ARTICLE_TITLE Tracking Missouri's Share of the Economic Stimulus Funds
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Community Matters, Government, Law

Tracking Missouri's Share of the Economic Stimulus Funds

In January of 2009, Congress passed the American Recovery and Reinvestment Act (or ARRA), commonly known as the economic stimulus package.  You can find the full text of the act here, but it lists its primary goals as the following:

  • To preserve and create jobs and promote economic recovery.
  • To assist those most impacted by the recession.
  • To provide investments needed to increase economic efficiency by spurring technological advances in science and health.
  • To invest in transportation, environmental protection, and other infrastructure that will provide long-term economic benefits.
  • To stabilize State and local government budgets, in order to minimize and avoid reductions in essential services and counterproductive state and local tax increases.

Want to know if and how those goals are being met?

You can follow uses of stimulus monies on a national level and see what other states are doing with their shares at recovery.gov, the White House's public portal for all things ARRA.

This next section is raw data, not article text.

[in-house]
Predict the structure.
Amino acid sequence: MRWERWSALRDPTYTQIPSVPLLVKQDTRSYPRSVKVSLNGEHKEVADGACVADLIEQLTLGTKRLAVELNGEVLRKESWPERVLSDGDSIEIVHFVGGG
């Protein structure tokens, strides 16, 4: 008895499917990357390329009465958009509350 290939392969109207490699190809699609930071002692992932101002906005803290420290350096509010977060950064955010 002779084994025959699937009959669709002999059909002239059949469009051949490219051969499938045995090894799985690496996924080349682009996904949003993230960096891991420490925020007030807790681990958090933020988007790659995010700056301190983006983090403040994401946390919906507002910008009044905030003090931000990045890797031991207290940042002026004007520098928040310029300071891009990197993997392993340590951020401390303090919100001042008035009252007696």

To see what Missouri is up to financially, visit the Missouri Accountability Portal (or MAP), which gives Missourians the ability to review uses of public monies and information about enforcement of government programs.

In order to track how Missouri is spending its stimulus funds, go to MAP's Federal Stimulus Reporting site, which gives daily updates of exactly how much money has been received by which departments and agencies and exactly how they have spent it, including the names of individual entities and contractors.  For example, you can see how much money has gone to cover 2008 Missouri tax refunds or how much has been used to extend unemployment benefits.

You can also review a report recently put out by The Missouri Budget Project, a non-partisan, non-profit organization that analyzes and disseminates information about the state's fiscal policy options on behalf of its citizens.  The report details which Missouri departments and agencies are slated to receive stimulus funds and in what amounts.

If you have ideas for other ways the state could use the funds, visit transform.mo.gov, an interactive site created by Governor Jay Nixon, where Missourians can submit their own proposals for uses of federal stimulus funds.

Most of these sites are updated regularly as projects are added and plans move forward, so check back often for the newest facts and figures.